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Glory Bush and Green Banana, Poems by Pamela Harrison
The elegant evocation of place, and tender recollections of memory, make Pamela Harrison's Glory Bush and Green Banana as crystalline and flawless as an unspoiled sea.
"I was most taken with the tender and heartening sequence, dealing with your year as a teacher in Carriacou. This group of poems [with its] beautiful coherence...sparkles with vibrant humanity...[that] left me feeling as if I had visited that wonderful island with you." -Laurence Lieberman
"Glory Bush and Green Banana is, simply, one of the most beautiful and memorable books of poetry I have read in recent (and not so recent) years. Structured as a memoir or journal narrative of a year spent living and working on the Edenic (and not so Edenic) Caribbean island of Carriacou, the book evokes the often exhilarating and romantic, sometimes oppressive and even terrifying, always engaging and compelling vagaries of island life. In lush and richly textured language, palpably lyrical and symphonic, the poems catalogue the island's rhythms and residents, from its birds and flowers and insects-hibiscus and papaya, bananaquit and tarantula-to its unforgettable people-an 'island saint,' a six-foot-three schizophrenic 'Boy,' a cinnamon bark salesman, a suicide, a stillbirth, a woman who talks with the dead. Immersing the reader in a world of fishermen 'coiled about a rod of muscled concentration,' women 'scrounging food and the wood to cook it,' 'caustic blossoms posing as bugs,/venomous bandits passing as sticks,' Harrison celebrates, with immense affection and utmost respect, an ever-deepening knowledge of 'how much a little is' in 'life's crude, unruly scrawl.' Glory Bush and Green Banana is truly a book of wonders, a wonder of a book." -Ronald Wallace
"The compelling subject here is how we are irrevocably changed when we open ourselves to experience. Harrison's clear-eyed view on a pivotal time in her younger life is not confessional, but rather truth-telling: the culture and inhabitants made vivid and determined in their own right. I admire the steady look and emotional discipline of these poems, how the enterprise of administering to the other' is rendered without sentimentality. As readers, we can wholly imagine Carriacou and admire the strength of its culture. Pamela Harrison's rendering is without hubris: no first-person 'I' dominates these poems. Instead, the accomplishment is one of celebration: to have been changed in how one not only views but lives in the world. These gracefully-accomplished lyric poems show us the way out of self into a greater universe, as the truth of art always strives to do." -Cleopatra Mathis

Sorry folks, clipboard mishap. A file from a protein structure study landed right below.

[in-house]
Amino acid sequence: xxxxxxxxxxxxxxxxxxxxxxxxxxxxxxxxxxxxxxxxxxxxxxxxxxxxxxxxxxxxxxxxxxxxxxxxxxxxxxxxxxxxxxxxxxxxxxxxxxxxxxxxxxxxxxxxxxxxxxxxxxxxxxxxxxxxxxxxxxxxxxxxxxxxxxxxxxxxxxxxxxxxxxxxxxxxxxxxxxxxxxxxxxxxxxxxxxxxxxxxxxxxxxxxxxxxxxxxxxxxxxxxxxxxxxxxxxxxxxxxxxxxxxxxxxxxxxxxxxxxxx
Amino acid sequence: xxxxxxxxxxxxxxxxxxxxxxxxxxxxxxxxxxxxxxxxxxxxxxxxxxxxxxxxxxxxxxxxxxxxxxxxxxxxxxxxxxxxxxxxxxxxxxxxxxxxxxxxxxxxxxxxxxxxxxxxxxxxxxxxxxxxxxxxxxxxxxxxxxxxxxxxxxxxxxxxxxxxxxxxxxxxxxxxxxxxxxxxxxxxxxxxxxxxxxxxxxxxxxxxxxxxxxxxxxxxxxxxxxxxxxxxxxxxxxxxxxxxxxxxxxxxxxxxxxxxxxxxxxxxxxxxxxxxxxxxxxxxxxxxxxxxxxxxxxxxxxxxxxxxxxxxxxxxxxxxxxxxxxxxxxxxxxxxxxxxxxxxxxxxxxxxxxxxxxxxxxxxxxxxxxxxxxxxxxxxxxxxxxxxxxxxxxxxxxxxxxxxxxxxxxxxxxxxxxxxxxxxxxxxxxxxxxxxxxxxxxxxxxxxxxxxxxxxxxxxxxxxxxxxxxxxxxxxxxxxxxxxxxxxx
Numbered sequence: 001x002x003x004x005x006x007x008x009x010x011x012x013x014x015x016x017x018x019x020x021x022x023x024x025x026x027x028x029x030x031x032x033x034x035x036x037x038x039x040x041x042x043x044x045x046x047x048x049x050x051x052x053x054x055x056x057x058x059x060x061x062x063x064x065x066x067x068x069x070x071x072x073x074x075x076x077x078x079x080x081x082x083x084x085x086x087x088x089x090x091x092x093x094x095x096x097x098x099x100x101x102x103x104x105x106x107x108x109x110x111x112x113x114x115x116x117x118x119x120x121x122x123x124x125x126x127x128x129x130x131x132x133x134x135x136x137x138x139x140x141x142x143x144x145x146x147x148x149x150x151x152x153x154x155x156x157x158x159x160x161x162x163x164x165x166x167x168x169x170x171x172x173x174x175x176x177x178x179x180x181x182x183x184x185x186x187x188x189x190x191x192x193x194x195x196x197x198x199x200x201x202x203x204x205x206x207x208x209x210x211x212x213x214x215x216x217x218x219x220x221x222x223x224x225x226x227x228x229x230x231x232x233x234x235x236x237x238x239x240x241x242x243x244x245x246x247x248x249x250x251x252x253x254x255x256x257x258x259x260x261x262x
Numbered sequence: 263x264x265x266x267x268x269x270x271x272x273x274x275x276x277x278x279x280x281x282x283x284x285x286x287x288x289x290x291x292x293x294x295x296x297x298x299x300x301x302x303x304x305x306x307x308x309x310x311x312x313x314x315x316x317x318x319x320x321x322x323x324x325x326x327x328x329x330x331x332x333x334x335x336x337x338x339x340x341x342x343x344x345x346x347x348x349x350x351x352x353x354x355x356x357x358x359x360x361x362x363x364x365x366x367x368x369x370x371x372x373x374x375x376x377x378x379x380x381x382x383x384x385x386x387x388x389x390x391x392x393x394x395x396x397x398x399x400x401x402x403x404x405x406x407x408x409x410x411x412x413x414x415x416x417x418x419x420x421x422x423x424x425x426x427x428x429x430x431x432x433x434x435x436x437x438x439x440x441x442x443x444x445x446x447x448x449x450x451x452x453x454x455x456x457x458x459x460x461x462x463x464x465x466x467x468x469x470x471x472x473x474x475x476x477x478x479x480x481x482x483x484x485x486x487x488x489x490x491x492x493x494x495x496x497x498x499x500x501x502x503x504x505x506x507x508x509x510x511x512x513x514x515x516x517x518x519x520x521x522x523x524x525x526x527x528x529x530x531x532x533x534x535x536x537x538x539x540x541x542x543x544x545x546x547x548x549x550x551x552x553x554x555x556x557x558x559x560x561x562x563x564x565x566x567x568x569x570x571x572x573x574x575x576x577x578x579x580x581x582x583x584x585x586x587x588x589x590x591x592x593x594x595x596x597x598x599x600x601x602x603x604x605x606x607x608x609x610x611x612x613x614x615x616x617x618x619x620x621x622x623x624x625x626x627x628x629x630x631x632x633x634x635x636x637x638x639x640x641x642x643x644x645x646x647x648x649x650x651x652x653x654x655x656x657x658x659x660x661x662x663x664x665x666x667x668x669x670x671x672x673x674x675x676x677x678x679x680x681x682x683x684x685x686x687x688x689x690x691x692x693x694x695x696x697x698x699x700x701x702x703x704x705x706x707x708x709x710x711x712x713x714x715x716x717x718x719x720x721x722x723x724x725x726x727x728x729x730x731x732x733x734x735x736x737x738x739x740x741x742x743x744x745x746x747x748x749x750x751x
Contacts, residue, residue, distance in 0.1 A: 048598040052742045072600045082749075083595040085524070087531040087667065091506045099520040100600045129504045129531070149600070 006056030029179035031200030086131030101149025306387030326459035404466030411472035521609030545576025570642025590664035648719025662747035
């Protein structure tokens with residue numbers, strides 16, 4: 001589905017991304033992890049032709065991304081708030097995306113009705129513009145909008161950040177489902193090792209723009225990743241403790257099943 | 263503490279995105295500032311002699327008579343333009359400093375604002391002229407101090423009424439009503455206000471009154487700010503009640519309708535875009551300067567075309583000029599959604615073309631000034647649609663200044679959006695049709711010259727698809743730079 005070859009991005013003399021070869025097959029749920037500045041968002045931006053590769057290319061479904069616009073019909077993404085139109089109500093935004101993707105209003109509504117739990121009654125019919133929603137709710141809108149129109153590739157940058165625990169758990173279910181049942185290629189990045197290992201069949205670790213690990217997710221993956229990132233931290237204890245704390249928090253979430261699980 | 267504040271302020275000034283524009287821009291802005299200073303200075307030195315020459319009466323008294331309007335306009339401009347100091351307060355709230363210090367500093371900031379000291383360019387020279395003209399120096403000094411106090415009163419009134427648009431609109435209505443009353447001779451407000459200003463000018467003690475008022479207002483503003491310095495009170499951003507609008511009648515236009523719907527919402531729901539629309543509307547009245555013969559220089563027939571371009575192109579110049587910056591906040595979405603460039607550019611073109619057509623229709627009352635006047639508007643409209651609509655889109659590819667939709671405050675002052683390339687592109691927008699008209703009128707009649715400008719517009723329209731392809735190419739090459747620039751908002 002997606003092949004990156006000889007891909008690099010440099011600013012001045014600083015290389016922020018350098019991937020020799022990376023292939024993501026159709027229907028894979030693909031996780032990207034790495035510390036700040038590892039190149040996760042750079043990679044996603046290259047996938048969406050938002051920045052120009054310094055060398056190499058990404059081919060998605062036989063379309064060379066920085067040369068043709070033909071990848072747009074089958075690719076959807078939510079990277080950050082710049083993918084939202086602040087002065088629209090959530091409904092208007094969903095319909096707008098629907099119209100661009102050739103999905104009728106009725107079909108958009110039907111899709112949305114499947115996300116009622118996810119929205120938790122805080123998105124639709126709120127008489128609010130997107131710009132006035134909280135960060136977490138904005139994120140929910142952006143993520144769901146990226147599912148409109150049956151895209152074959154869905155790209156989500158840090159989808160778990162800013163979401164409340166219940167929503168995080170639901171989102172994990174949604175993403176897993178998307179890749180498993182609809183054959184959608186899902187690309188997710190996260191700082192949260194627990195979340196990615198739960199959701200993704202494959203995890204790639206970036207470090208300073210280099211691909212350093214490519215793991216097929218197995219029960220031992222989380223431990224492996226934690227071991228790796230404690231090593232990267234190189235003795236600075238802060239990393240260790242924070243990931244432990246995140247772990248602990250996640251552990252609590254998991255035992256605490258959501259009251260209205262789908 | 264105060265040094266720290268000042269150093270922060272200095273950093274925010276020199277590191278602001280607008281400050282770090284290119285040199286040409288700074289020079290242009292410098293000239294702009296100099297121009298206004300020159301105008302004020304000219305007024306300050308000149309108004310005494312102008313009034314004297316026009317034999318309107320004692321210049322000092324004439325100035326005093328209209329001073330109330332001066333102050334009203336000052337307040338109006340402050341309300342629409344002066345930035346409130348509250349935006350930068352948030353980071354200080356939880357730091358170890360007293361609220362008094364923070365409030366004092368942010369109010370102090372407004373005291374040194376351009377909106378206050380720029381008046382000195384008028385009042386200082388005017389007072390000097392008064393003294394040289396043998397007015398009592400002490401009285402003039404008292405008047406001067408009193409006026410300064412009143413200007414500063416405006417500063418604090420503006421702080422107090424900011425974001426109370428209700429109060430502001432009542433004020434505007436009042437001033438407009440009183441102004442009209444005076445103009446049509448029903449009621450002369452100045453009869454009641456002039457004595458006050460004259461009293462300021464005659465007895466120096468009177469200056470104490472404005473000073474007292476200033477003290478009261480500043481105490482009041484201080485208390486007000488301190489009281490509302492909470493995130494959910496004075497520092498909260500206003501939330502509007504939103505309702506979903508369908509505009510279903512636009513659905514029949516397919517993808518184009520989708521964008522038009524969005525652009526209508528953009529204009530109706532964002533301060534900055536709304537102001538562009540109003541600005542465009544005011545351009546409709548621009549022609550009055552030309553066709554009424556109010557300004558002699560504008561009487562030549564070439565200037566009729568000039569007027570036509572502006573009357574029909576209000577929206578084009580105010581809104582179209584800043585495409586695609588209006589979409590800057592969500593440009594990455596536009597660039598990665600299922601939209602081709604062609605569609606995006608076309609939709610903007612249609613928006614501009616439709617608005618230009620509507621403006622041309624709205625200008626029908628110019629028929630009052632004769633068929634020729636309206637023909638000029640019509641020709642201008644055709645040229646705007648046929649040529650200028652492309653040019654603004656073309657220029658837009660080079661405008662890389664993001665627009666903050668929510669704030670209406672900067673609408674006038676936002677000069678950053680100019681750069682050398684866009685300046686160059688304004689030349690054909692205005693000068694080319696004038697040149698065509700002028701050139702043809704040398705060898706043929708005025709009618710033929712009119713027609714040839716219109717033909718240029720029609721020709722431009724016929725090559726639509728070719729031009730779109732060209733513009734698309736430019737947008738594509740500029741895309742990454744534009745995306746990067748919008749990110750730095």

Born and raised in Oklahoma, Pamela Harrison is a graduate of Smith College and the Vermont College MFA Program in Writing. Winner of the 2002 PEN Northern New England Discovery Poet Award, she was invited to read her poems at the Library of Congress in 2003. Her first full-length collection, Stereopticon, was published by David Robert Books (Cincinnati, 2004). Okie Chronicles followed in 2005. Her third collection, Out of Silence (2009) was cited as one of three notable new books of poetry in the Denver Post's "Book Beat" column. What to Make of It (2012) recounts her adventures with her doctor husband in challenging circumstances in the arctic, Africa, and Central America. Adjunct professor in English Literature for the University System of New Hampshire and in Creative Writing for Dartmouth College, Ms. Harrison has won fellowships to the MacDowell Colony and the Vermont Studio Center. Ms. Harrison collaborated with her husband, Dr. Dennis McCullough, in the writing of My Mother, Your Mother: Embracing Slow Medicine, the Compassionate Approach to Caring for Your Aging Loved Ones (Harper Collins 2008). She is proud grandmother to Kate's two sons, Marcus and Calvin Dennis.
ISBN-13: 9781625492265, 102 pages, $19, softcover